09-29-2012, 11:07 PM
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I did not think much of it -- yappin' dogs or horsemanship either.
It is pretty crude with no quality of movement or results. Absolutely no attention is being paid to the details that give you a good, consistent side-pass where the horse has his head down, crosses over in front of both front and hind feet. The horse should not show irritation or resistance. A good side-pass should be deliberate, one step at a time, each foot crossing carefully over the other front foot, head down, mouth closed, tail not wringing and other resistance not being shown.
The horse is being nagged and pecked at and repeatedly being literally chased for many steps without any release of pressure for a step well-taken. Under saddle he is being pressured even more and forced to go 'somewhere' while being literally run into a fence, throwing his butt for side to side to escape, fighting his head and would have absolutely blown out of there if the fence was not there. This is not training or teaching a horse to do something. This is forcing one to do something at its worst.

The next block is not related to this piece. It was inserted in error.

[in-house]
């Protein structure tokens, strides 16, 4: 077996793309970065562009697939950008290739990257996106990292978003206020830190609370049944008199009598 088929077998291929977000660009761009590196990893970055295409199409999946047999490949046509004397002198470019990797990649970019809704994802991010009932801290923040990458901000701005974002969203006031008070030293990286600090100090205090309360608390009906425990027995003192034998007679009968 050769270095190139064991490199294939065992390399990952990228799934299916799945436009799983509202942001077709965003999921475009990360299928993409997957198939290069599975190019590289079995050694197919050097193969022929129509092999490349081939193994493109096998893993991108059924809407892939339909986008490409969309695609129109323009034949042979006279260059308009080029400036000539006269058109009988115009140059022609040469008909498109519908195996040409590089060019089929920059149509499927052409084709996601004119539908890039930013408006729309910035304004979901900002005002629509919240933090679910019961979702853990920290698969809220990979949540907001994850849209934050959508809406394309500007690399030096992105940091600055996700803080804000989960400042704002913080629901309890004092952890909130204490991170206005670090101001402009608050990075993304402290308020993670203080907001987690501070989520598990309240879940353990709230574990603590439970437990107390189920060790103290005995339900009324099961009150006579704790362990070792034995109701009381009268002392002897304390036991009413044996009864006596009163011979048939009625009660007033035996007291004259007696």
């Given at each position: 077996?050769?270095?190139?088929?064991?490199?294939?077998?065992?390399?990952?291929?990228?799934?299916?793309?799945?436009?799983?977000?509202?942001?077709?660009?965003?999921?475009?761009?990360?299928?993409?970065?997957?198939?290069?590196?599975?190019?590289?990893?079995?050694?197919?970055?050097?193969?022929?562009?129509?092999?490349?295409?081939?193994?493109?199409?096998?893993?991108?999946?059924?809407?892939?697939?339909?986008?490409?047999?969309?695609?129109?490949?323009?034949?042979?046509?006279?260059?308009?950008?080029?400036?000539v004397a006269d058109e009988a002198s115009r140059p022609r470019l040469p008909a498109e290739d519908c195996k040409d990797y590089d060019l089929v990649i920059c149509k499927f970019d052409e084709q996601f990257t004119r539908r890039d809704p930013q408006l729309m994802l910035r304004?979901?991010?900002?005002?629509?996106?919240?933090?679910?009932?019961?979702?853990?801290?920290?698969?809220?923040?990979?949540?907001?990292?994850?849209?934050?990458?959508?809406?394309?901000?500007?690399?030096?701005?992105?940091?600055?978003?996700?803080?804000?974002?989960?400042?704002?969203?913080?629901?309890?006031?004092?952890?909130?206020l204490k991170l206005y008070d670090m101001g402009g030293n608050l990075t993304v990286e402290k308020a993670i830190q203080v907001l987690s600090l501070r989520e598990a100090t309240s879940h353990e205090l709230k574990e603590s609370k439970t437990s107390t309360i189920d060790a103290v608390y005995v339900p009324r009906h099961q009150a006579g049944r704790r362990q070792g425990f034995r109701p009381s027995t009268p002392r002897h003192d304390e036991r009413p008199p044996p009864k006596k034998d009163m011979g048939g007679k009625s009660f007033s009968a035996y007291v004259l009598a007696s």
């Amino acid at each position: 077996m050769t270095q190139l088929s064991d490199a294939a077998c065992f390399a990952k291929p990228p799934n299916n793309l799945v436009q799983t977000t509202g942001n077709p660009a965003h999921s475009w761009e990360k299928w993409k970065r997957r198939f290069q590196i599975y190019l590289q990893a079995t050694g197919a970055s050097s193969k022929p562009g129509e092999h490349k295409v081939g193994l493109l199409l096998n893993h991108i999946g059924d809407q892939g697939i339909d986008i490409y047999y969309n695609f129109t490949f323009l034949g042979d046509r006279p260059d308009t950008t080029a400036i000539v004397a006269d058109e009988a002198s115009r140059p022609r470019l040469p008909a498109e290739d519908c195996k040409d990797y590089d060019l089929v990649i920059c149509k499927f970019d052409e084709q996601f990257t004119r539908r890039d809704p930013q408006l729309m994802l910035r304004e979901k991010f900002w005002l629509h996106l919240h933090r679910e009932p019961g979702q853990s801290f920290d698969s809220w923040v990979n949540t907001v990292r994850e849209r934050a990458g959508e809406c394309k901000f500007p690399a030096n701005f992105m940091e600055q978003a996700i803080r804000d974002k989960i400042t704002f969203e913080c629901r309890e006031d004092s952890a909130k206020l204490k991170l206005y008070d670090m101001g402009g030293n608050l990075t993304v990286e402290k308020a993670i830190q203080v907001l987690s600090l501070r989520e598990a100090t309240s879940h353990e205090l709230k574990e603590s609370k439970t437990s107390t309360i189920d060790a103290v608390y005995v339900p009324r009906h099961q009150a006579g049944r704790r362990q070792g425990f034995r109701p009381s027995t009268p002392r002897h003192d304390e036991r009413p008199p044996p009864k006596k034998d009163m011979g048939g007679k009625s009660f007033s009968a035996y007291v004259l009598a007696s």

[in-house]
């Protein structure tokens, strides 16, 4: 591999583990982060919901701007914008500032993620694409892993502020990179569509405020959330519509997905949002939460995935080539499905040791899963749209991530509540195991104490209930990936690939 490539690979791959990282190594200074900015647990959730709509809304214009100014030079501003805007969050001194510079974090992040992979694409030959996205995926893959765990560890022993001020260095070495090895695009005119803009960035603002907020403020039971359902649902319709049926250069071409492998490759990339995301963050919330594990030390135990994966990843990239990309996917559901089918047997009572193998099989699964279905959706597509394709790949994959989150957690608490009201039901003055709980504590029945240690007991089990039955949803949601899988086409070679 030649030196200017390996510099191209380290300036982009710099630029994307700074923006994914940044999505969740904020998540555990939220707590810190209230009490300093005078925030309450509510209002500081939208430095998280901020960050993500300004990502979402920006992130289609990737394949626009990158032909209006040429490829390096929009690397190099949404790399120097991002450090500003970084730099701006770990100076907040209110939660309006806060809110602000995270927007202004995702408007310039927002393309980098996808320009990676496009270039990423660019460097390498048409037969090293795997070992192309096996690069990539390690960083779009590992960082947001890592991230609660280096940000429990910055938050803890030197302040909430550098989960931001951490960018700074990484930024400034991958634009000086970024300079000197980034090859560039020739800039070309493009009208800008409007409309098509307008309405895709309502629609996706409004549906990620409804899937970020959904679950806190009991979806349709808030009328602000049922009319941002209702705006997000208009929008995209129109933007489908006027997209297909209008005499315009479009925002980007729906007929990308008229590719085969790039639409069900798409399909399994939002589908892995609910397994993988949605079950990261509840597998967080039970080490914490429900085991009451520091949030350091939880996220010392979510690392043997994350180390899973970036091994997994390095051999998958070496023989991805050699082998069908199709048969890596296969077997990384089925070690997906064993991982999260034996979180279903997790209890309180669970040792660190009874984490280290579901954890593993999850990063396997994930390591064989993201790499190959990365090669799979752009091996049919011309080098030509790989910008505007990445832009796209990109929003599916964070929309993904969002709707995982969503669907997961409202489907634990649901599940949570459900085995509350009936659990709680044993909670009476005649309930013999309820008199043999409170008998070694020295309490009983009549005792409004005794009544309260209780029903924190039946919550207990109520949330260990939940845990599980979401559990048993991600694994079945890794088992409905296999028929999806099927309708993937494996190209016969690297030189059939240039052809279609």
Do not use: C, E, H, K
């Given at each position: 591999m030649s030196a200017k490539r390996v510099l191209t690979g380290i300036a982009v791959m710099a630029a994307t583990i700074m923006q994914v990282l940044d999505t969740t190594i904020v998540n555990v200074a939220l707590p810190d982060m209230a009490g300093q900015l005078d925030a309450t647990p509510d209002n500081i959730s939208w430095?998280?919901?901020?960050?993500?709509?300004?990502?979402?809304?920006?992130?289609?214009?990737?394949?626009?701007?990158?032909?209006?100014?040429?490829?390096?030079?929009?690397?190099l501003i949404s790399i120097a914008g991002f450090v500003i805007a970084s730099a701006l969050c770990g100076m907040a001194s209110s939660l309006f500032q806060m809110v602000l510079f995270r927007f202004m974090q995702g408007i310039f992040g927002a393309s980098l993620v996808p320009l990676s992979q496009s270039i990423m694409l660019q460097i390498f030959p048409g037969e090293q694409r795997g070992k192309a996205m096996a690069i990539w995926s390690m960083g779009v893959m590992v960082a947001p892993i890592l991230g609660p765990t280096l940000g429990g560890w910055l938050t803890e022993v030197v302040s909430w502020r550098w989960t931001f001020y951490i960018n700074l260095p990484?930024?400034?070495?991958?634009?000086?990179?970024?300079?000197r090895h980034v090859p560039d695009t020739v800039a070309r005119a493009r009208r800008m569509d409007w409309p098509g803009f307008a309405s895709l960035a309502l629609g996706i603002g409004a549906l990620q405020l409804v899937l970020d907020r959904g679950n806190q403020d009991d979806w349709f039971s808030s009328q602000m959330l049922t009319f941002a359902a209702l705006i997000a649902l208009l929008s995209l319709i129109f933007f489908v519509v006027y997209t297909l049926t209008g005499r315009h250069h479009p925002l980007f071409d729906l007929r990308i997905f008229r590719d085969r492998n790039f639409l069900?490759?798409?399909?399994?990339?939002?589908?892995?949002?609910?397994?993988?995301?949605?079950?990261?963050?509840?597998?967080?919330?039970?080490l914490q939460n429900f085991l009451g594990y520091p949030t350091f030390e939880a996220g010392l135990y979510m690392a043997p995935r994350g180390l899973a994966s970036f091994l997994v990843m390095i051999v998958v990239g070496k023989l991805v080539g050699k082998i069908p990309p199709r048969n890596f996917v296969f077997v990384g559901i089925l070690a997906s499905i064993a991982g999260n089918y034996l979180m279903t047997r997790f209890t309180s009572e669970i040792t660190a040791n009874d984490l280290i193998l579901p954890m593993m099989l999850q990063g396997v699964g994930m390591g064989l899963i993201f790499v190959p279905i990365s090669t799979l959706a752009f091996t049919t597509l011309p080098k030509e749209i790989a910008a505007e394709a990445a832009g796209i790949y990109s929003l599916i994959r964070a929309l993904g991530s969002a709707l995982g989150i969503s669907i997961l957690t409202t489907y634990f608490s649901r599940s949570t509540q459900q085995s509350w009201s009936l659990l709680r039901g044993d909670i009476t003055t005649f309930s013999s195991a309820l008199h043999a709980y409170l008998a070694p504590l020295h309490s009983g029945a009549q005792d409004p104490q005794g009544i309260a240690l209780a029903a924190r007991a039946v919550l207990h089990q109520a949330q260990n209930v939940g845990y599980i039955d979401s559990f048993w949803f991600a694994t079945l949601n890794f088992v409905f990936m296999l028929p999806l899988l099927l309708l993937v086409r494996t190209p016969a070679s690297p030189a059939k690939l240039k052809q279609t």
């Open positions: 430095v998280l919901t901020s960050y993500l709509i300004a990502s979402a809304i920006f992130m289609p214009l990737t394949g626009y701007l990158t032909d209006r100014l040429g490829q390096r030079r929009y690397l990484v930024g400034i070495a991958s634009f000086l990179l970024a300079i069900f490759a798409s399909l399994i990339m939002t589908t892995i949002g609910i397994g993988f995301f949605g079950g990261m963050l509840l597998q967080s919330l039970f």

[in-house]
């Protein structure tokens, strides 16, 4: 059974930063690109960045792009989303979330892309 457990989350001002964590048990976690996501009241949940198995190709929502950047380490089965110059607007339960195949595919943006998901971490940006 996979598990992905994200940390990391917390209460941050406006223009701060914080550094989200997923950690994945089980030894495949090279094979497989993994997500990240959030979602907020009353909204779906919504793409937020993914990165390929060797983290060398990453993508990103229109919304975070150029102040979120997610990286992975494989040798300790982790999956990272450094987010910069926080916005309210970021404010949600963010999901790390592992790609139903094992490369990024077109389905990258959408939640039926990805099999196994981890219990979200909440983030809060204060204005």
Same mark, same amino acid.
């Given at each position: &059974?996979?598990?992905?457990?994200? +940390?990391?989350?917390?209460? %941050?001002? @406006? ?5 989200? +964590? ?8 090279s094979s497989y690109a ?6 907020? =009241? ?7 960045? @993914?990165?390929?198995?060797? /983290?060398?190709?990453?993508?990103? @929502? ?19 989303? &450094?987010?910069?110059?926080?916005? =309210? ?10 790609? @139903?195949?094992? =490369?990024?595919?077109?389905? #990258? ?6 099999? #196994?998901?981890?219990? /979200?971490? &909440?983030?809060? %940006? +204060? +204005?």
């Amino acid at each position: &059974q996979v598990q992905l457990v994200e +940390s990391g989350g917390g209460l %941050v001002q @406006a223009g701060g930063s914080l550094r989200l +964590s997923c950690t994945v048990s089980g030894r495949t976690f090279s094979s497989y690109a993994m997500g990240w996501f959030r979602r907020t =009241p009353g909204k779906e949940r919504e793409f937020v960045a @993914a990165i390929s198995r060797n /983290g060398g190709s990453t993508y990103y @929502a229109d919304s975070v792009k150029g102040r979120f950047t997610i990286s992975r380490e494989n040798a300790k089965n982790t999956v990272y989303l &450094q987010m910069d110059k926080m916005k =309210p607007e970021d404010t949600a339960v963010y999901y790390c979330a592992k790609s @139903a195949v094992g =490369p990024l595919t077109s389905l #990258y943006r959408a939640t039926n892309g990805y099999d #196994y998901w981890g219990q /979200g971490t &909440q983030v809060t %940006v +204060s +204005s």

I had used a fence to teach side-passing (mostly opening and closing gates) -- about 45 years ago. I was not happy with the quality of the results. I started doing more 'teaching' of leg yielding maneuvers.
I start by teaching a horse to move off of my inside leg on about the 3rd or 4th ride. I start using my inside leg when I start jogging circles on a colt. I also start using outside leg if a horse does not follow its nose the way I want it to, but that is pretty rare. It is mostly the inside leg that I start with. I start pushing a horse over BEFORE I change directions, as in a serpentine. I use my inside leg more in the beginning so that I can teach 'guiding' without having a horse learn to drop it shoulder and fall into its circle.
Then, I start making a half circle away from a track or fence and 'pushing' the horse back over to the fence or track while trying to stay parallel to it. When I can do that, the horse will side-pass one step or 20 steps, with its head down, no anxiety, no fight or fuss, no tail wringing, no trying to escape -- in a word -- no resistance. The very first time I now try to open and close a gate it would look like I had done it 100 times on that horse.
So, no, I would not consider this video to be anything but crude and an example of how you do not want to teach something.